Curator/Interviewer: Aspa Tz | Photographer: Adrian Crawley
Adrian: So I shoot predominantly with pinhole cameras. I picked up this habit when I was assisting with a workshop at the Reykjavik photography museum. We made pinhole cameras out of beer cans then ran around the city shooting various things, coming back to the lab to develop our pictures.
I can’t quite remember how I stayed on this course but I do remember the simplicity of it all appealing to me. Breaking down everything that had come before in regards to a camera, all the functions and settings never touched cast aside and working with the absolute basics of what a camera could be. The simple act of exposing light sensitive material for a duration of time.
I’ve always been a fan of analogue photography over digital, the tactical nature of it compared to coloured pixels. But even with film SLR cameras and lomography products I’ve felt limited by their choices in design.
Over the years I have continually developed my own pinhole cameras, building new ones and upgrading from shooting single sheets of photographic paper inside of empty tea boxes, to my now current camera: a wooden box that can house 120mm film.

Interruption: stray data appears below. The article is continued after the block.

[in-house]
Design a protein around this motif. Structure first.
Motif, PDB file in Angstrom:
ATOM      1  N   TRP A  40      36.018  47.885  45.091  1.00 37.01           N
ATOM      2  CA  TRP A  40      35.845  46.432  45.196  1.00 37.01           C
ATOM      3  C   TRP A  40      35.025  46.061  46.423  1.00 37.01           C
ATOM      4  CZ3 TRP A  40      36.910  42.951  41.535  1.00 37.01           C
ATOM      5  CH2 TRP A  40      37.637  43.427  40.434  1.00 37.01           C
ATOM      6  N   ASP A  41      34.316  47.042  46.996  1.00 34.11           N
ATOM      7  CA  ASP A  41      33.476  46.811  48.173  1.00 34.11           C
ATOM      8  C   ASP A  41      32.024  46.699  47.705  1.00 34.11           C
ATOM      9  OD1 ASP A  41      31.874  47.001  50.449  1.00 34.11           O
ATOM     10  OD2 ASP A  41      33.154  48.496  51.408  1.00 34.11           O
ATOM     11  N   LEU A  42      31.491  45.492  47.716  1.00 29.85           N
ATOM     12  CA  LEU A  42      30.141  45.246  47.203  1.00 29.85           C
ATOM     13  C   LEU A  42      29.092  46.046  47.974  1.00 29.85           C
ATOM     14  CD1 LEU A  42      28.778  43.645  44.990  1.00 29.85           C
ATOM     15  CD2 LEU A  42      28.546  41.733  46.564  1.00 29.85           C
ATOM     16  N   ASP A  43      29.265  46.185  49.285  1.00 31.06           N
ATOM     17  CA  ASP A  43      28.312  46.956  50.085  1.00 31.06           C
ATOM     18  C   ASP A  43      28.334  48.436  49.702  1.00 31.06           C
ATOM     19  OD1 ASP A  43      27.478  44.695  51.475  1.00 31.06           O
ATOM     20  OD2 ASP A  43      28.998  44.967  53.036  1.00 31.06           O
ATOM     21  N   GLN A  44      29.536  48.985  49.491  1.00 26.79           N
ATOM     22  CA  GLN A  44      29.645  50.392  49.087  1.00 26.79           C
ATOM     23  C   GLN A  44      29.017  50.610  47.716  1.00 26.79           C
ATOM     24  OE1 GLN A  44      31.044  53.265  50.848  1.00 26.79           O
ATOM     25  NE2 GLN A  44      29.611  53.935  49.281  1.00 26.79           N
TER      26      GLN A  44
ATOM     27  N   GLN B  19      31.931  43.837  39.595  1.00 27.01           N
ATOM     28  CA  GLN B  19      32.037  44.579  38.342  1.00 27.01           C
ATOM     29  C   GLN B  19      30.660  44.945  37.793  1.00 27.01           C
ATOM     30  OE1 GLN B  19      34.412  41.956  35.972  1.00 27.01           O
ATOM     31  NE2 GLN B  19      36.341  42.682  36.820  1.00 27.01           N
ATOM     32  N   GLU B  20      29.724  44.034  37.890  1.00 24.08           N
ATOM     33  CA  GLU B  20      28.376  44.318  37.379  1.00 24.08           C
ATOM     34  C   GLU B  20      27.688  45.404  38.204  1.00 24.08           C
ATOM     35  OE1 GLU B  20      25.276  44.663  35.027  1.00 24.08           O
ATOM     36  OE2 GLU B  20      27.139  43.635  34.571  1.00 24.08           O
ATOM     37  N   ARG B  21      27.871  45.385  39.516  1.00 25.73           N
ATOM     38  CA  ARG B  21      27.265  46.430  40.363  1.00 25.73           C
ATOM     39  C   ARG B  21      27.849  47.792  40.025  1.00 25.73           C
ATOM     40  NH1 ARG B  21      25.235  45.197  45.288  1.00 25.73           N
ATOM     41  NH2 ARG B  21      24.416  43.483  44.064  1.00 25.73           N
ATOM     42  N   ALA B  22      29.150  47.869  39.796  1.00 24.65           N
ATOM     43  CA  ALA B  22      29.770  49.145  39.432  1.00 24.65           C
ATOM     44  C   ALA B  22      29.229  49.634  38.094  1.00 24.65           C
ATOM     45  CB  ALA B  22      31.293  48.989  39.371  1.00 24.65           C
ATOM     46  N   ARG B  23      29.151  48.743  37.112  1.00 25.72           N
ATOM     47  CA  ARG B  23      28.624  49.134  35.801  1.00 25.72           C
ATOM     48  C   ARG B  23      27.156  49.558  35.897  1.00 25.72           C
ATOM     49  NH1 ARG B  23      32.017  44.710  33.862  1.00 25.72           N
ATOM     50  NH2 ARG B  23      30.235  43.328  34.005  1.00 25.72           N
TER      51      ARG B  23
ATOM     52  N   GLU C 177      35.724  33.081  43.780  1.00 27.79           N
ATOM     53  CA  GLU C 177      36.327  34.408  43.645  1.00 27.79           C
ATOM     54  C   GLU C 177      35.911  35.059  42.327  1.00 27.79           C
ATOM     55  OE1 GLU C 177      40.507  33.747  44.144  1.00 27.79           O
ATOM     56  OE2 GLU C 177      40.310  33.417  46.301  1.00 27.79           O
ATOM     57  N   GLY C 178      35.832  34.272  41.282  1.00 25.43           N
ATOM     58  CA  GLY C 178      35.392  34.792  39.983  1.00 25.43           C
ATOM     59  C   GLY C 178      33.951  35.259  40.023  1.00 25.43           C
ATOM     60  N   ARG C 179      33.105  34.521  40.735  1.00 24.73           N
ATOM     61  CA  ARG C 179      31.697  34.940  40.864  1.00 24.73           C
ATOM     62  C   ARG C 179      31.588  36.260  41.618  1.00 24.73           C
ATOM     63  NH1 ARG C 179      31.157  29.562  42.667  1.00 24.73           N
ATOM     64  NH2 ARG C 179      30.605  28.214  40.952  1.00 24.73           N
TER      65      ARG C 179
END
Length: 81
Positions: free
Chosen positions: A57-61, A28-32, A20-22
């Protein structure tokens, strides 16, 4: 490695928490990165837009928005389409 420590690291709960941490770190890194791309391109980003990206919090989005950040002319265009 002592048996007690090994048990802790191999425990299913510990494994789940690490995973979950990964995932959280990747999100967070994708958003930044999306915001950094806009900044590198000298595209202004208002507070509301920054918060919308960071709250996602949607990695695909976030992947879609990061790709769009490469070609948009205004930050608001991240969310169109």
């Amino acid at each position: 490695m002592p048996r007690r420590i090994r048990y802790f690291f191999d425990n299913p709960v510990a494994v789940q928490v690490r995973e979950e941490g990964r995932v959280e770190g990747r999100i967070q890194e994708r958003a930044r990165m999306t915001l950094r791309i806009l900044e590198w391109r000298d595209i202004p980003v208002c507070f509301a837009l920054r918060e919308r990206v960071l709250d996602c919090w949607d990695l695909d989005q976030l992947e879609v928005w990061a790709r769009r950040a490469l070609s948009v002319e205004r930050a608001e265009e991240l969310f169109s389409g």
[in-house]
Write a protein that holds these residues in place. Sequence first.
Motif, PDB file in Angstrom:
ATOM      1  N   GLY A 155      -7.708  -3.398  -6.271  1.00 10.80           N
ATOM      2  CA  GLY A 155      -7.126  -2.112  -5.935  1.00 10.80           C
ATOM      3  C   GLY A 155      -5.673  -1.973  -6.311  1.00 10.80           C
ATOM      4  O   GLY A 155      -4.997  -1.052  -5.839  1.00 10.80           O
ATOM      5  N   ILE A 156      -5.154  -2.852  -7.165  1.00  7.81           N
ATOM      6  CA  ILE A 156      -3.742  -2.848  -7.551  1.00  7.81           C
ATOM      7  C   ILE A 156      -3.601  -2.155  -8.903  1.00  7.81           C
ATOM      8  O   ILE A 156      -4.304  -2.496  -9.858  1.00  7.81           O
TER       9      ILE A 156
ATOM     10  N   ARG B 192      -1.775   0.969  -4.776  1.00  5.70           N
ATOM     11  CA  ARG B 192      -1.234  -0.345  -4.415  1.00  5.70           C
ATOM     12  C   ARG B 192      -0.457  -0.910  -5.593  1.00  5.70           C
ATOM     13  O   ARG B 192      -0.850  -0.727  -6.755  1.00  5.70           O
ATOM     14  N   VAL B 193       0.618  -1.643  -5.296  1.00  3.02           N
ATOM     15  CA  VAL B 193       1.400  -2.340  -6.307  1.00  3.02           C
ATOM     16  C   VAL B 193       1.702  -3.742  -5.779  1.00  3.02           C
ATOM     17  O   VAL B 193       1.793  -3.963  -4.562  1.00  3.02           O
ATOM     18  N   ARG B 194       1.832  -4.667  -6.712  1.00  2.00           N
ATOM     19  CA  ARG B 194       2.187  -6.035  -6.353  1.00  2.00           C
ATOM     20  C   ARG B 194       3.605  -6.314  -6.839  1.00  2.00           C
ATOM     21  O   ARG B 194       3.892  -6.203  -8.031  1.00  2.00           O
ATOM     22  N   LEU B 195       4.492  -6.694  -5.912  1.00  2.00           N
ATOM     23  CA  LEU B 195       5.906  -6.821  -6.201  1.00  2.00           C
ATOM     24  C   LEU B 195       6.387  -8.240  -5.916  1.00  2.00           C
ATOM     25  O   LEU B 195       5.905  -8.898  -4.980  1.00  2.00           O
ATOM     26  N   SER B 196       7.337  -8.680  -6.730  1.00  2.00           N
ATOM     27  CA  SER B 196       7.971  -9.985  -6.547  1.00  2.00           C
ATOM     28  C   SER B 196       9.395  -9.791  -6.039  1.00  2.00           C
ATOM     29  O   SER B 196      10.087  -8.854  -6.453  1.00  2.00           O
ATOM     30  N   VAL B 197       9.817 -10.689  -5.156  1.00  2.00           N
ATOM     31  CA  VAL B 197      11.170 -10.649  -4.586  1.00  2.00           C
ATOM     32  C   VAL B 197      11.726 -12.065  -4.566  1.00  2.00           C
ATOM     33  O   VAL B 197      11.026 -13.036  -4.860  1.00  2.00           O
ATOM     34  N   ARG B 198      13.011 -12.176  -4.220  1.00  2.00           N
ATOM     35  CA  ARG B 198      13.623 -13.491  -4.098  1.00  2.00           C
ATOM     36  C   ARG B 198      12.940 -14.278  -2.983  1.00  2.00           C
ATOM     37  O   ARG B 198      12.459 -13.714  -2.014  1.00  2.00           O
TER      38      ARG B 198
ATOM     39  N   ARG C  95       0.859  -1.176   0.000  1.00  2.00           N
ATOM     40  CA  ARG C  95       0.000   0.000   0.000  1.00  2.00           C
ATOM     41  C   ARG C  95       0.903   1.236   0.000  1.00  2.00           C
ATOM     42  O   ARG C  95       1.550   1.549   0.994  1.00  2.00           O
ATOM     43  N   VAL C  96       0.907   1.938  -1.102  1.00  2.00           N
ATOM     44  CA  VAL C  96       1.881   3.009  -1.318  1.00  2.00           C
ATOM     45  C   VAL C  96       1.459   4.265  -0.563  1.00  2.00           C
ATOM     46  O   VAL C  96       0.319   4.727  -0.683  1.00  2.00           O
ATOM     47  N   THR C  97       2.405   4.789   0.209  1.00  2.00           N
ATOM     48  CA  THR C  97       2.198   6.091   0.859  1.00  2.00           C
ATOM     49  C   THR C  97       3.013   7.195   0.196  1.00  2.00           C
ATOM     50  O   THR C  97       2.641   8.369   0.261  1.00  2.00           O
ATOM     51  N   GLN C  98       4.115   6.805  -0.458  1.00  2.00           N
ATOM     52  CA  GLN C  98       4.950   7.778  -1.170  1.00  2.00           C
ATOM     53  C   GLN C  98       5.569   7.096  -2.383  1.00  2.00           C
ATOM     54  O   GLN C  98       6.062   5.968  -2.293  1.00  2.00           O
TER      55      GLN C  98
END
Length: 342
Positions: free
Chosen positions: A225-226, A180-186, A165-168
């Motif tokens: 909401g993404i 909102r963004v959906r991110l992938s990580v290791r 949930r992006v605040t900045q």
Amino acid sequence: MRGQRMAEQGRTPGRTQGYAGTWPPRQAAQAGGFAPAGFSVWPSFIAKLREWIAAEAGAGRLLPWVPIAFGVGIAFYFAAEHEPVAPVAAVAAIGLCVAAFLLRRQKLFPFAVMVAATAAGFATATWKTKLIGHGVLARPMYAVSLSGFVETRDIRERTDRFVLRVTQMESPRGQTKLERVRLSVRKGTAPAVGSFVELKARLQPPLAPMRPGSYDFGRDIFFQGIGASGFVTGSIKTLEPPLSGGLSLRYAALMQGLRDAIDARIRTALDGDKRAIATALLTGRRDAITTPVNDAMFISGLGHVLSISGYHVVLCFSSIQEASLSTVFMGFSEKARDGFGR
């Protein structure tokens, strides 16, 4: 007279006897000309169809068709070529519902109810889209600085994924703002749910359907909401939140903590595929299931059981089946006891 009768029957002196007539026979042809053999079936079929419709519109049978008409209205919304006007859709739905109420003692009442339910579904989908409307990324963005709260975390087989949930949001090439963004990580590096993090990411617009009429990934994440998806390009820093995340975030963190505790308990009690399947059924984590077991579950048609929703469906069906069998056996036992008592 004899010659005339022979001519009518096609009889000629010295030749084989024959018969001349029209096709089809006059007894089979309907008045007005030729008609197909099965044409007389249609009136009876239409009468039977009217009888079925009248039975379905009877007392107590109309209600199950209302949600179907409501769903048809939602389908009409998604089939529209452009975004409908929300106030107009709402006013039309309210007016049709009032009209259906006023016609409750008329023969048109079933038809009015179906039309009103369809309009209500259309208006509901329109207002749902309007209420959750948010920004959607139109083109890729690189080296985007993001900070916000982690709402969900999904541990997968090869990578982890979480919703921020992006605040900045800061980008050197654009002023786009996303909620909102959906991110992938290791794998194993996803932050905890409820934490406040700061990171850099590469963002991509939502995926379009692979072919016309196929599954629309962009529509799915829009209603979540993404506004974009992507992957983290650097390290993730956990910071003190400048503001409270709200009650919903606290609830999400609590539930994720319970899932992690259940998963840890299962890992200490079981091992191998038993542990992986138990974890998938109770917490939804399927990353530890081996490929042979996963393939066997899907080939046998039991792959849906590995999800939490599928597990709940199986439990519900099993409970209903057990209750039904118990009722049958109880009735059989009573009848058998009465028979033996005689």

I have always found myself being drawn to photographing scenes of wilderness and mountainscapes; in fact it is probably one of the key reasons as to how I’ve found myself living in Iceland. My continued development regarding pinhole photography has fed from this passion in taking inspiration from the unique creation and environmental factors that shape these landscapes.
In building your own camera you control how it is going to capture light. The unpredictable nature of the medium itself, how you fit the film in the camera, how you design every aspect of how the light travels into a light proof container and reaches the film. This gives the images produced their own sense of life and character from being born from circumstances not entirely in their control, creating a unique portrait of that time.
Photography as I see it has the inherent ability to flatten our entire lives, existences, into timeless images of tone, shadows and highlights. In doing so a new reality is born, the one present in the image.
What stands between these two realities is the technology you use to create this said new reality, your choice in camera. How you use it to interact with the world around you plays into these ideas of creation. How you look to manipulate, distort or perhaps highlight aspects of our world for your new one.
Adrian Crawley is an experimental photographer and Fine Arts major currently based in Reykjavik, Iceland. He spends his time photographing landscapes with a biscuit tin and offering people the best cinnamon rolls and pastries in the North Atlantic Ocean.